iHeartMedia's Chapter 11 Filing: What Happens Next for the Radio Giant

iHeartMedia and some of its subsidiaries filed for Chapter 11 protection last night after reaching a pre-packaged agreement with its principle creditors that will apparently see the company cut its debt in half to $10 billion after a debt-to-equity swap with some debt holders; and the spinoff of Clear Channel Outdoor Holdings, which is not a part of the Chapter 11 proceedings.

According to an announcement on the iHeart website, the prepackaged “agreement reflects widespread support across the capital structure for a comprehensive balance sheet restructuring that will reduce iHeartMedia’s debt by more than $10 billion. iHeartMedia, America’s No. 1 audio company, will continue operating the business in the ordinary course as a leading global multi-platform media, entertainment and data company.”

A pre-packaged Chapter 11 proceeding is a cleaner, less costly process that provides a quicker resolution of a company’s debt problems. It  is meant to insure that the company can continue operating as smoothly as possible to preserve the company’s value as much as possible. Without a pre-packaged solution the process can take a lot longer as the different classes of creditors tend to fight over the solution that each class hopes will yield the best pennies on the dollar solution as possible, with the Chapter 11 judge acting as the referee.

In fact, some of the creditors didn’t like the way the pre-packaged Chapter 11 negotiations were going and made a pre-emptive move in late February when they asked the New York State Supreme Court to grant an injunction that would provide a provisional lien against some of the chain’s radio assets, in a move to give that class of creditors the same level of protection of other classes of iHeart debtors. At presstime it was unclear how that matter was proceeding.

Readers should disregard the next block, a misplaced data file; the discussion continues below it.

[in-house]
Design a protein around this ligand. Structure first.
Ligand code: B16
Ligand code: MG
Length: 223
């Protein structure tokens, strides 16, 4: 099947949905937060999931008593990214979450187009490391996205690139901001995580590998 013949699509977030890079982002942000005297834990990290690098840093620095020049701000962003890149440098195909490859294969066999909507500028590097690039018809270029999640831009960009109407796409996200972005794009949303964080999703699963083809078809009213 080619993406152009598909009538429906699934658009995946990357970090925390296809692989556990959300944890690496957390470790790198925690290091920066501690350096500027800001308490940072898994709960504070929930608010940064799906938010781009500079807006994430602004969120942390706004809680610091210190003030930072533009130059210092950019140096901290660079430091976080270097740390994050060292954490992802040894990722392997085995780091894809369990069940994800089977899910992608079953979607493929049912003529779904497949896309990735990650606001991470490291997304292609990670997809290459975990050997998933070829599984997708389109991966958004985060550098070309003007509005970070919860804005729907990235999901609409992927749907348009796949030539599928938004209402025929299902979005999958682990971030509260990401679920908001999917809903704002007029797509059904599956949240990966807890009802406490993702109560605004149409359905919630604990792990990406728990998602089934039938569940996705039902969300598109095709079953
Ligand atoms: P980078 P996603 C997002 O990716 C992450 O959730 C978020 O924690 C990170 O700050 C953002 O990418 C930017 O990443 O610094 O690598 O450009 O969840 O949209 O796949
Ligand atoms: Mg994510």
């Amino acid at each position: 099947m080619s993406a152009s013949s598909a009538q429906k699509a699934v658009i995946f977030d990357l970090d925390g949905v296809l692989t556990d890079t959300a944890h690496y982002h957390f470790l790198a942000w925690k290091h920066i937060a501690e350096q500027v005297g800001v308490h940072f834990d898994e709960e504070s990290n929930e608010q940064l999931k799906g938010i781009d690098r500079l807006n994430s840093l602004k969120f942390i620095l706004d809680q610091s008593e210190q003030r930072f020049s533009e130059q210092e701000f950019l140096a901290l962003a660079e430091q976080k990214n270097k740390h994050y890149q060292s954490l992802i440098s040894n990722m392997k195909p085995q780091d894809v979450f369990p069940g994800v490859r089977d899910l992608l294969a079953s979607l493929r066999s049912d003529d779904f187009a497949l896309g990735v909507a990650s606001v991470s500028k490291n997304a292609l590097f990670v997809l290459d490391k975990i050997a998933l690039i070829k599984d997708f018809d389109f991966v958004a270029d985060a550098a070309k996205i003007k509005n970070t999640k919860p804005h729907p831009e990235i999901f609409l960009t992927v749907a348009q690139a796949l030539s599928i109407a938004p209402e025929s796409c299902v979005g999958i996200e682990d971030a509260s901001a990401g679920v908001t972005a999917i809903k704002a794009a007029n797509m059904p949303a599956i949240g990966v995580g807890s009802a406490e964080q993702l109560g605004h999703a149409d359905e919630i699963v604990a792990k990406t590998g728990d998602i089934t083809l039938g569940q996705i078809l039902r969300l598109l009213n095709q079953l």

Typically, companies working toward a pre-packaged solution that will re-structure a company’s balance sheet allows for a shorter stay operating under Chapter 11 protection, which means reduced legal and financial consulting costs for all parties, the company and the creditors; as well as preservation of the company’s equity.

On the other hand, in one of the first day motions, the company asked to the proceeding to be designated a complex Chapter 11 Bankruptcy Case, which usually means it will take longer and be more expensive.

“The agreement we announced today is a significant accomplishment, as it allows us to definitively address the more than $20 billion in debt that has burdened our capital structure,” iHeart chairman and CEO Bob Pittman said in a statement. “Achieving a capital structure that finally matches our impressive operating business will further enhance iHeartMedia’s position as America’s No. 1 audio company...iHeartMedia has created a highly successful operating business, generating year-over-year revenue growth in each of the last 18 consecutive quarters. We have transformed a traditional broadcast radio company into a true 21st century multi-platform, data-driven, digitally-focused media and entertainment powerhouse with unparalleled reach, products and services now available on more than 200 platforms, and the iHeartRadio master brand that ties together our almost 850 radio stations, our digital platform, our live events, and our 129 million social followers.”

While  the company has a total of $20.4 billion in long-term debt, about $13 billion of that is secured; and those are the investors who probably are the main beneficiaries of the pre-packaged agreement. Consequently, the largest unsecured creditors includes subordinated debt holders as well as trade partners like the major music companies, which provide licensing so that its digital radio service can operate legally; and in turn are owned royalties.